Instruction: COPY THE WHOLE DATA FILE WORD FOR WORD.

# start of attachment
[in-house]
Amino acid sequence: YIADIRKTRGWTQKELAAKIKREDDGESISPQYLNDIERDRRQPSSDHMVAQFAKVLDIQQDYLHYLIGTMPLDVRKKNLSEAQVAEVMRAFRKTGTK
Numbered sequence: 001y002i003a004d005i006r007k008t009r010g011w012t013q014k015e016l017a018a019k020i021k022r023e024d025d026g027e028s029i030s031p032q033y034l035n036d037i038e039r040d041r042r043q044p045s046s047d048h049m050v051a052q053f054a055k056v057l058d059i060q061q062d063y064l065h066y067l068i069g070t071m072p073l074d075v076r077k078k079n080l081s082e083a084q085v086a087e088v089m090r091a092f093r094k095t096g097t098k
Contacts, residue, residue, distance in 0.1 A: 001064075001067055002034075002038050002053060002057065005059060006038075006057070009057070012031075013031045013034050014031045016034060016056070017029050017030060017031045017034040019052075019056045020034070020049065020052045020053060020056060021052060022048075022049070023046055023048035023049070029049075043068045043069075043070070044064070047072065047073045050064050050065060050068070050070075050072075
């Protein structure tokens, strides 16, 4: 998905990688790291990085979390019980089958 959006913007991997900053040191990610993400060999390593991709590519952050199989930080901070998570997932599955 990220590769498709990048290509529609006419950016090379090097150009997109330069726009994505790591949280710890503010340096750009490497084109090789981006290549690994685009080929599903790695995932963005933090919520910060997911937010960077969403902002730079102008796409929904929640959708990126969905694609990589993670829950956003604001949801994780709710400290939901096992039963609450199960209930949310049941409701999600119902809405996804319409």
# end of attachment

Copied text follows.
[in-house]
Amino acid sequence: YIADIRKTRGWTQKELAAKIKREDDGESISPQYLNDIERDRRQPSSDHMVAQFAKVLDIQQDYLHYLIGTMPLDVRKKNLSEAQVAEVMRAFRKTGTK
Numbered sequence: 001y002i003a004d005i006r007k008t009r010g011w012t013q014k015e016l017a018a019k020i021k022r023e024d025d026g027e028s029i030s031p032q033y034l035n036d037i038e039r040d041r042r043q044p045s046s047d048h049m050v051a052q053f054a055k056v057l058d059i060q061q062d063y064l065h066y067l068i069g070t071m072p073l074d075v076r077k078k079n080l081s082e083a084q085v086a087e088v089m090r091a092f093r094k095t096g097t098k
Contacts, residue, residue, distance in 0.1 A: 001064075001067055002034075002038050002053060002057065005059060006038075006057070009057070012031075013031045013034050014031045016034060016056070017029050017030060017031045017034040019052075019056045020034070020049065020052045020053060020056060021052060022048075022049070023046055023048035023049070029049075043068045043069075043070070044064070047072065047073045050064050050065060050068070050070075050072075
């Protein structure tokens, strides 16, 4: 998905990688790291990085979390019980089958 959006913007991997900053040191990610993400060999390593991709590519952050199989930080901070998570997932599955 990220590769498709990048290509529609006419950016090379090097150009997109330069726009994505790591949280710890503010340096750009490497084109090789981006290549690994685009080929599903790695995932963005933090919520910060997911937010960077969403902002730079102008796409929904929640959708990126969905694609990589993670829950956003604001949801994780709710400290939901096992039963609450199960209930949310049941409701999600119902809405996804319409």